The truth about virtual learning

Amidst challenges, struggles and wins, teachers emerge as ‘true superheroes’


It would be unlikely to find a parent in Ottawa who could have envisioned the current world we live in – one where we are not only living through a public health crisis, but also juggling our own professional and unique family needs with our child’s virtual school schedule. And yet, here we are. 


For some, virtual schooling has been a challenge

Shuchi Kiran of Kanata, has a child in Grade 3 who has been doing remote learning since September and shares that the biggest challenge has been a lack of socialization. Kiran is also concerned the level of instruction is lower, however, lays no blame on the teachers. “Our teachers are beyond amazing and I can’t fathom their source of positivity and patience with kids learning to navigate technology and trying to be focused…If the pandemic has taught me anything, it’s that teachers are true superheroes.”

Gareth Reid is director of Turnbull School, a local private school, and the parent of older children – two in high school and one first-year university student, all remote learners. Reid empathises with young families adapting to virtual school, saying of his own, “If this was 10 years ago…there would be a lot more handholding and involvement than now.”

Gareth Reid_Photo Courtesy Gareth Reid

For younger students whose parents are working during the school day, the availability of another adult to help supervise and support the child’s learning is invaluable. 

“Both me and my spouse are fortunate to be able to work from home,” says Kiran. “But with our busy work schedules, it is hard for us to be able to actively engage with our kid during the regular work day…All this has taken a huge toll on all of us mentally.”

Parents have also noted the challenges of technical glitches, work interruptions, schedule conflicts, and excessive homework at times.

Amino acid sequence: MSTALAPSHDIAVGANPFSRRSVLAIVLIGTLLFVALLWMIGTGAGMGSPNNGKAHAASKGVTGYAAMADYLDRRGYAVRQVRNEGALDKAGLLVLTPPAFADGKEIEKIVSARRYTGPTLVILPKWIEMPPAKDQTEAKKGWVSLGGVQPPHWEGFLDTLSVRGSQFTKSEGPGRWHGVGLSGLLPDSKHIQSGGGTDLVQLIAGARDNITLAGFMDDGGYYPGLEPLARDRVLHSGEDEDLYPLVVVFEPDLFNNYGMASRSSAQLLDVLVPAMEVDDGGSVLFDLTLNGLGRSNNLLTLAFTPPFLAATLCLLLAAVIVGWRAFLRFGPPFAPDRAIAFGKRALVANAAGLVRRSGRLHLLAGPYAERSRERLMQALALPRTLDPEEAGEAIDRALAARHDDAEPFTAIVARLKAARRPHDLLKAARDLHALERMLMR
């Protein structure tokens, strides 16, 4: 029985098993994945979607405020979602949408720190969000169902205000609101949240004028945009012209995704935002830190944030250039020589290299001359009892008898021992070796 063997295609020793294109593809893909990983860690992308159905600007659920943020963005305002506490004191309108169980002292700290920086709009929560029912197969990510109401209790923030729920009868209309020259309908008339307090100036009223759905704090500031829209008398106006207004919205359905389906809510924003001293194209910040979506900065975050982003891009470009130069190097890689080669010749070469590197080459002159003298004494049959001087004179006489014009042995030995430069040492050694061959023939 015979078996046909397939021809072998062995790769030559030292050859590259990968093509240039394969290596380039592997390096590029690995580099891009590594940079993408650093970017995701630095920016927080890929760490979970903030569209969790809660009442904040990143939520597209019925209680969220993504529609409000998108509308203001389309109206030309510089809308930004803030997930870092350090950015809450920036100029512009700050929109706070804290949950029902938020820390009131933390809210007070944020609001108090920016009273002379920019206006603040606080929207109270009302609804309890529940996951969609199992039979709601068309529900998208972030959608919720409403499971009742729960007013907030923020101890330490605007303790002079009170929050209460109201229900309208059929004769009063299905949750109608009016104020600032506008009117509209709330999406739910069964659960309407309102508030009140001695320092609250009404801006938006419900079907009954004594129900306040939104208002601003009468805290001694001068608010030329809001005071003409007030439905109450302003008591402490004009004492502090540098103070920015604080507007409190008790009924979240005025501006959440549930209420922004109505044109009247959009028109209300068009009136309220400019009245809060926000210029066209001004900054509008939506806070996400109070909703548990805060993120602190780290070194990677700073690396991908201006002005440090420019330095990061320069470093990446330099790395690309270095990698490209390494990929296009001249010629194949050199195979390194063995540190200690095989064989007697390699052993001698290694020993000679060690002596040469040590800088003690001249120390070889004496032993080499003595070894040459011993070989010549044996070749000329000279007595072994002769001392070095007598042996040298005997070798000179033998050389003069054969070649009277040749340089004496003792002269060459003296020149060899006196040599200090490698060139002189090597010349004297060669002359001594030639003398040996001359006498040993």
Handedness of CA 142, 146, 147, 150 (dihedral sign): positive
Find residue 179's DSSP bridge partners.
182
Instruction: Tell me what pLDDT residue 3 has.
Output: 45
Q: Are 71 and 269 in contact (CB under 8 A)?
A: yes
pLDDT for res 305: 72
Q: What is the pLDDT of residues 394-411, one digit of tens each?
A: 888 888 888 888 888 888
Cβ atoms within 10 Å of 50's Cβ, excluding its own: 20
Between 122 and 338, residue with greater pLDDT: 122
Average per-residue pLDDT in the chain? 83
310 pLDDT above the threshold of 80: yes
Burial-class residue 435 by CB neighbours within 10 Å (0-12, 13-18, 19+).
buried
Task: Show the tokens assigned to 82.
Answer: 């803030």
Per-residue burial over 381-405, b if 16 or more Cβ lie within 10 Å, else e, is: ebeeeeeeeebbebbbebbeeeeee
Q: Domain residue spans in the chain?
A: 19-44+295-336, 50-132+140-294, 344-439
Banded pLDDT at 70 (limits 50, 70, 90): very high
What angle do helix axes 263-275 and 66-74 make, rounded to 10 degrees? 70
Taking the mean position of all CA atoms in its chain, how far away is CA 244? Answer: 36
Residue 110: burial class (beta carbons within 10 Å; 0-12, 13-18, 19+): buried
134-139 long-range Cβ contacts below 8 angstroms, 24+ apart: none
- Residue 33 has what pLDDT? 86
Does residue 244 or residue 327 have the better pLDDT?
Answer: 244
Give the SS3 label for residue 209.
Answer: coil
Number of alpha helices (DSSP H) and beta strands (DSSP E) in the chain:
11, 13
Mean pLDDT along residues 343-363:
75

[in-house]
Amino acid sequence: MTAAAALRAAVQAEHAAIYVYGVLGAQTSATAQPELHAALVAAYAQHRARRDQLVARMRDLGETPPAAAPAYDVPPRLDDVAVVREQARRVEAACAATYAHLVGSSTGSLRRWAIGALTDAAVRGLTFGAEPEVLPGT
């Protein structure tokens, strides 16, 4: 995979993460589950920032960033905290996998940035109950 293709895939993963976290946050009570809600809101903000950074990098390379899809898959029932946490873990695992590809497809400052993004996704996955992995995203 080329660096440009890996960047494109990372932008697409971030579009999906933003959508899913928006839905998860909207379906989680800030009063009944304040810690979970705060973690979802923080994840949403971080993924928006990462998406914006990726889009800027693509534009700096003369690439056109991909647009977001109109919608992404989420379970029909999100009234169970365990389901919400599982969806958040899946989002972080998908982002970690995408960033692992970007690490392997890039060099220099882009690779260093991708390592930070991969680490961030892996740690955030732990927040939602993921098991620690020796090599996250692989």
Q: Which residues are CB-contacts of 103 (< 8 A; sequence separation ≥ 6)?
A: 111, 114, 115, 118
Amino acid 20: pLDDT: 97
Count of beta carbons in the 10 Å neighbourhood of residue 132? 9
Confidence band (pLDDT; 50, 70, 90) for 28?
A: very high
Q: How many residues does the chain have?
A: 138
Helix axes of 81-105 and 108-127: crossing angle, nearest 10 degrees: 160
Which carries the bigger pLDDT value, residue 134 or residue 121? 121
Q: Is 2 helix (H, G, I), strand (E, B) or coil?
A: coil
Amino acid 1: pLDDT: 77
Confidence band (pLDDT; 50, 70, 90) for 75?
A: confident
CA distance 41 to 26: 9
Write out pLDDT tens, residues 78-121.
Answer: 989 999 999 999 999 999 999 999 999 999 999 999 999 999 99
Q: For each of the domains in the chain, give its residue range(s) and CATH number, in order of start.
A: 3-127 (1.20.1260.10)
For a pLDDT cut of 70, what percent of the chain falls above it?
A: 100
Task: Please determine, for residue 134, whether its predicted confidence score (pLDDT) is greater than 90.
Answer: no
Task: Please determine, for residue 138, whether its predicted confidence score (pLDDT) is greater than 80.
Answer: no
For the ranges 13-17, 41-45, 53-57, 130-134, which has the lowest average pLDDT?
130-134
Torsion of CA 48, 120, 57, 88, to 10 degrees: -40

For others, virtual schooling is their only safe option

Kristin and Tracy Ireland’s child Maclean, is in Grade 4 French Immersion at Ottawa Carleton Virtual South East Campus. 

Says Kristin: “Having a child with an autoimmune disorder has made living through a pandemic particularly scary…we are incredibly grateful for everything that allows us to keep him home and safe. Virtual learning has absolutely helped.”

Tracy, Maclean and Kristin Ireland_Photo Credit Brian Walters Photography

She has been impressed with his progress, particularly with new technology skills. “It’s really incredible to see how much he has learned…Virtual learning is not ideal for everyone. There are a lot of factors at play that can make it very difficult for kids and their families. I think it’s important to recognize that while also saying that it has worked well for us.” 

Kristin has been most surprised by how well run the remote learning is. “We have been very lucky to have really engaged and engaging teachers,” she says. “They have recognized that these are difficult times and have done their best to alleviate stress from the students…They have taught lessons on mindfulness and placed emphasis on mental health. They have also done everything they can to make this experience fun. They make great use of online platforms to make assignments engaging and work to create a feeling of community amongst the students.”